In essence, a budget is a quantified expectation for what a business wants to achieve. Its characteristics are:
- The budget is a detailed representation of the future results, financial position, and cash flows that management wants the business to achieve during a certain period of time.
- The budget may only be updated once a year, depending on how frequently senior management wants to revise information.
- The budget is compared to actual results to determine variances from expected performance.
- Management takes remedial steps to bring actual results back into line with the budget.
- The budget to actual comparison can trigger changes in performance-based compensation paid to employees.
Conversely, a forecast is an estimate of what will actually be achieved. Its characteristics are:
- The forecast is typically limited to major revenue and expense line items. There is usually no forecast for financial position, though cash flows may be forecasted.
- The forecast is updated at regular intervals, perhaps monthly or quarterly.
- The forecast may be used for short-term operational considerations, such as adjustments to staffing, inventory levels, and the production plan.
- There is no variance analysis that compares the forecast to actual results.
- Changes in the forecast do not impact performance-based compensation paid to employees.
Thus, the key difference between a budget and a forecast is that the budget is a plan for where a business wants to go, while a forecast is the indication of where it is actually going.
Realistically, the more useful of these tools is the forecast, for it gives a short-term representation of the actual circumstances in which a business finds itself. The information in a forecast can be used to take immediate action. A budget, on the other hand, may contain targets that are simply not achievable, or for which market circumstances have changed so much that it is not wise to attempt to achieve. If a budget is to be used, it should at least be updated more frequently than once a year, so that it bears some relationship to current market realities. The last point is of particular importance in a rapidly-changing market, where the assumptions used to create a budget may be rendered obsolete within a few months.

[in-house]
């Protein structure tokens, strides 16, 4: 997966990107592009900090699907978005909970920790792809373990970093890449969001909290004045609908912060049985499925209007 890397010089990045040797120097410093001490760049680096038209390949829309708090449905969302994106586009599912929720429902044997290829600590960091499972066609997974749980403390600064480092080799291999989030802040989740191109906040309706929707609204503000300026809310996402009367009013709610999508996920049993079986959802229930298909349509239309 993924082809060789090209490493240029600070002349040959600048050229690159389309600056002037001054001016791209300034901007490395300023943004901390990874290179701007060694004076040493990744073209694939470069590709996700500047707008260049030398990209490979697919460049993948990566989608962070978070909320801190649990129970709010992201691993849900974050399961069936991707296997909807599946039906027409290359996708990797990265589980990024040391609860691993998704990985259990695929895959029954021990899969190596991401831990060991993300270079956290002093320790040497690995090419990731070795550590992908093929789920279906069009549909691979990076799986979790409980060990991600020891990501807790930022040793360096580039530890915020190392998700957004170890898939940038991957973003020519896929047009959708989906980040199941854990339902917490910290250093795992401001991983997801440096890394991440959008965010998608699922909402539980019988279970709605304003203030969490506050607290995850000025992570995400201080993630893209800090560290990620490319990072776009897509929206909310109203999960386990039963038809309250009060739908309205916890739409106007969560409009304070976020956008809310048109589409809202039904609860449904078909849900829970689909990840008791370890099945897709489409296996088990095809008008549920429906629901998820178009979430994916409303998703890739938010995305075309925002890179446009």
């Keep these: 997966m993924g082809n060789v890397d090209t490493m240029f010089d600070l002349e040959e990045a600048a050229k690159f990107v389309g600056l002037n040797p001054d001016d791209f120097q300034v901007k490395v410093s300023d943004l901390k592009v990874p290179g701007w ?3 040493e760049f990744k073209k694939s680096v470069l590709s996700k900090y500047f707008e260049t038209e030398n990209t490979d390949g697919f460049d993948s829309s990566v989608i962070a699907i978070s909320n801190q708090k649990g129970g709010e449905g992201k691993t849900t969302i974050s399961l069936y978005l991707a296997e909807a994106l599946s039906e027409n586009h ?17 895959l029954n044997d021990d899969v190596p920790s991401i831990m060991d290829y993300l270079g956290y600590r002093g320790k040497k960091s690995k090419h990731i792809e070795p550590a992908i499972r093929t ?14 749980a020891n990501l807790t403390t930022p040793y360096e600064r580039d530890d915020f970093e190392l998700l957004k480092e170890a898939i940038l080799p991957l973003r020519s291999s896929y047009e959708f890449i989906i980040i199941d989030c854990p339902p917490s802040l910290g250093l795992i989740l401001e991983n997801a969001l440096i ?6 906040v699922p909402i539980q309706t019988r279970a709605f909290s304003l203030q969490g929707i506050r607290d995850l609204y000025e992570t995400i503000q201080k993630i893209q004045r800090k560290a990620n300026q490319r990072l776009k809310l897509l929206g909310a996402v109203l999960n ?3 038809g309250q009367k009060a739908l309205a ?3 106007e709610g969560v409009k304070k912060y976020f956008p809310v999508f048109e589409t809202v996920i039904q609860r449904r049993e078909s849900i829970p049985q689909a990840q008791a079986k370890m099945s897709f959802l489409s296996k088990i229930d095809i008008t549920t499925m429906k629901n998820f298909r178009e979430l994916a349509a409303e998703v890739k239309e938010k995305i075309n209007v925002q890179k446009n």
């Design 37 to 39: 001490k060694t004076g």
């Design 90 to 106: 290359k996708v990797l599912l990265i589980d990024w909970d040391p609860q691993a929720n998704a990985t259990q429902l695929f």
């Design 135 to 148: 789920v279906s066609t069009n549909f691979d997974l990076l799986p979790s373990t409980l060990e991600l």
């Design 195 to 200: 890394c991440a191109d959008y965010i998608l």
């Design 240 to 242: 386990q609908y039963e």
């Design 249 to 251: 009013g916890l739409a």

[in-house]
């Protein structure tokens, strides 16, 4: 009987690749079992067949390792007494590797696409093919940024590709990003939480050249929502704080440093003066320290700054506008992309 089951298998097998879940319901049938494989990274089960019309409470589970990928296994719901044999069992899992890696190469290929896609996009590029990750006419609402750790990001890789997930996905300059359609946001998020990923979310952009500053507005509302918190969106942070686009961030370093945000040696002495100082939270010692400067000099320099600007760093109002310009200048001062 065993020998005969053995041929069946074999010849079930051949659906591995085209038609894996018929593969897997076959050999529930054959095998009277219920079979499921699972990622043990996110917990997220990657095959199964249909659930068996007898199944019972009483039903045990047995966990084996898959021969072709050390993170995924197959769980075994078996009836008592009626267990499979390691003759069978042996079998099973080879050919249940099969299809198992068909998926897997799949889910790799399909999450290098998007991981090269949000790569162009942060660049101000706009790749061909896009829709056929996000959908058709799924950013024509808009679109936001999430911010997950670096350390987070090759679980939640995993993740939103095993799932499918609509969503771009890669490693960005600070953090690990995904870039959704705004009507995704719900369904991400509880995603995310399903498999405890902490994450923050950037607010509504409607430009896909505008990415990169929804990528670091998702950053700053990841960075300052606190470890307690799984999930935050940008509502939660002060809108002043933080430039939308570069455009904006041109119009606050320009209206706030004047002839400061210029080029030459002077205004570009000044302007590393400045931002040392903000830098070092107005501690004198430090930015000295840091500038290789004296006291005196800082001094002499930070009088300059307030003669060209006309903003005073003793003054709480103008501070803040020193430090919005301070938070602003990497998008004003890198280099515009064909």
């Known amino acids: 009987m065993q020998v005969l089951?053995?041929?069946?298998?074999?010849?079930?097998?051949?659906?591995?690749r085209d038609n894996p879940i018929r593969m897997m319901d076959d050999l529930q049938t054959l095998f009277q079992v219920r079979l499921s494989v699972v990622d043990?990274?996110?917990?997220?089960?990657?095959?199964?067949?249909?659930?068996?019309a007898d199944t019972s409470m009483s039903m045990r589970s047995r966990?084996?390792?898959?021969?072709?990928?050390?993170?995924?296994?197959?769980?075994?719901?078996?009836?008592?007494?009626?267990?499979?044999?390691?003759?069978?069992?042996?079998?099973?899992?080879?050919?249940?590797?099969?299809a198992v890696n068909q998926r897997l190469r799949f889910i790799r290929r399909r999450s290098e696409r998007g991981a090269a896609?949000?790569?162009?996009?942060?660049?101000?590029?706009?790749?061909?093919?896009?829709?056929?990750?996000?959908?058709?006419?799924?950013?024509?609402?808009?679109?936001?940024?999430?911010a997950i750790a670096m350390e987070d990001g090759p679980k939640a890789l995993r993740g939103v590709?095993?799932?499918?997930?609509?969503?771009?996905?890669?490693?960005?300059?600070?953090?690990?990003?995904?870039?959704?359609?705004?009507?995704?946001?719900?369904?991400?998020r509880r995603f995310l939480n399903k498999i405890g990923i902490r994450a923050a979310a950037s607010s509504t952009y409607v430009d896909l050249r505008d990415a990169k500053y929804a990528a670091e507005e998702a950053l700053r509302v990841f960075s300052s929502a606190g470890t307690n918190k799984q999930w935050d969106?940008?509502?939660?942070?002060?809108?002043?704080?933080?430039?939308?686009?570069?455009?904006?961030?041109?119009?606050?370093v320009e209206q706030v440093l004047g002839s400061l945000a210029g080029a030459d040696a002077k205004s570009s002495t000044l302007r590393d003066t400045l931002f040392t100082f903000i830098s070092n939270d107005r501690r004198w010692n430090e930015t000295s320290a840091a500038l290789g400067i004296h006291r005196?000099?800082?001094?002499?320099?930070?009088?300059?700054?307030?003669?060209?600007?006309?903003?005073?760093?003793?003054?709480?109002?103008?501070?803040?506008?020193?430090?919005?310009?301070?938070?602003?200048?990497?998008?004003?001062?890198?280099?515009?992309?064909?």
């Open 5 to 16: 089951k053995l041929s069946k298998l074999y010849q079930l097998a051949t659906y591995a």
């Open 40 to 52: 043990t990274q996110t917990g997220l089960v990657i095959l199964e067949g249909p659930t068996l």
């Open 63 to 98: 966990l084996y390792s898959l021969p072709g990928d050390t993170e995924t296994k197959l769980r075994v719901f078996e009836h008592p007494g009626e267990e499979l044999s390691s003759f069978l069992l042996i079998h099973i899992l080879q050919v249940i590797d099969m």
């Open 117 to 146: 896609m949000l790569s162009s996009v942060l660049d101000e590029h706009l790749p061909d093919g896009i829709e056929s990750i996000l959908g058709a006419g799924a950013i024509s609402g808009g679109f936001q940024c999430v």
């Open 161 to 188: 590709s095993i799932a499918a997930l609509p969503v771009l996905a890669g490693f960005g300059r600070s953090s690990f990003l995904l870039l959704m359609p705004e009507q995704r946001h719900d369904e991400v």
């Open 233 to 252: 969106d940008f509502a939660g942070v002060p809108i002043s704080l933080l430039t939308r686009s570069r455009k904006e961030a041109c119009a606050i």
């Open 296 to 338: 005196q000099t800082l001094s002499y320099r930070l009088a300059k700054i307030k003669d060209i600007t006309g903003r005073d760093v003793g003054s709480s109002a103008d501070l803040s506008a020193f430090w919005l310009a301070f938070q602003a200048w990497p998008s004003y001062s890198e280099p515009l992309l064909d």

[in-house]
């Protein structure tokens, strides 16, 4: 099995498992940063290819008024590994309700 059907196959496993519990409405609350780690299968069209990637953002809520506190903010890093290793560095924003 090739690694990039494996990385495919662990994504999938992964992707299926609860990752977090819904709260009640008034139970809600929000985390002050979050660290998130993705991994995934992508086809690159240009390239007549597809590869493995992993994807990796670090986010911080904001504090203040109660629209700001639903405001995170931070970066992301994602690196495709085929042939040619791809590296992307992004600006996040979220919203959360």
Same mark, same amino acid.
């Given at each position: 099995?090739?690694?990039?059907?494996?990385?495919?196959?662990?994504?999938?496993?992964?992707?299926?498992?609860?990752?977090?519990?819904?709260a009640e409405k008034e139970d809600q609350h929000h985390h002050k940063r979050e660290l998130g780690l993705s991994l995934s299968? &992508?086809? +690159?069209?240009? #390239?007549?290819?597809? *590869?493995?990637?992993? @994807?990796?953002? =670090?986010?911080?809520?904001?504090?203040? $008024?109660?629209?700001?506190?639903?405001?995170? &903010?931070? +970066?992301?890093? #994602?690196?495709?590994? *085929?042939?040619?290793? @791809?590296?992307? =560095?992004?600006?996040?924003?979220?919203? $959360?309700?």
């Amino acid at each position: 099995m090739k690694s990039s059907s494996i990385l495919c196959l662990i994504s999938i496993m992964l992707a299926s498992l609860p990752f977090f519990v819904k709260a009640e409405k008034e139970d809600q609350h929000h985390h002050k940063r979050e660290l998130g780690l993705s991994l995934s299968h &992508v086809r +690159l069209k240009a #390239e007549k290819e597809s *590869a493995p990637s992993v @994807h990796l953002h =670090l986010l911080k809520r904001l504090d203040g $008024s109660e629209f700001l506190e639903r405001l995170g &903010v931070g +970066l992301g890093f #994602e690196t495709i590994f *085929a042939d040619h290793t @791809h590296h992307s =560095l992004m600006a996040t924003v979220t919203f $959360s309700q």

In short, a business always needs a forecast to reveal its current direction, while the use of a budget is not always necessary.
Simplify the Budget Model
The typical budget model starts as a relatively uncomplicated spreadsheet, and then gains complexity over time to reflect the increasing complexity of a business, or because management wants to include more information in the model. Over time, these additions can result in an overly cumbersome budget model that is difficult to use and laced with formula errors.
For example, a budgeted balance sheet may not be used in the original model and is added at a later date, along with manual adjustments to make the balance sheet balance correctly. If not properly monitored, it is entirely likely that the balance sheet will not balance or will yield absurd results.
There are several ways to avoid complexity in the budget model. Consider the following actions:
- Schedule an annual review of the model, with the express intent of simplifying the formulas and reducing the level of information that it contains.
- Document the reasons why various parts of the model are being used, and which parts require updating. Having to document these items may keep the budget analyst from including them in the model. Or if a section must be retained, at least it is properly documented.
- Have a third party review the model from time to time, to suggest alternative ways to simplify the model.
- Periodically review the need to swap out the in-house model for a commercially-available budget model, for which the risk of modeling errors is much lower.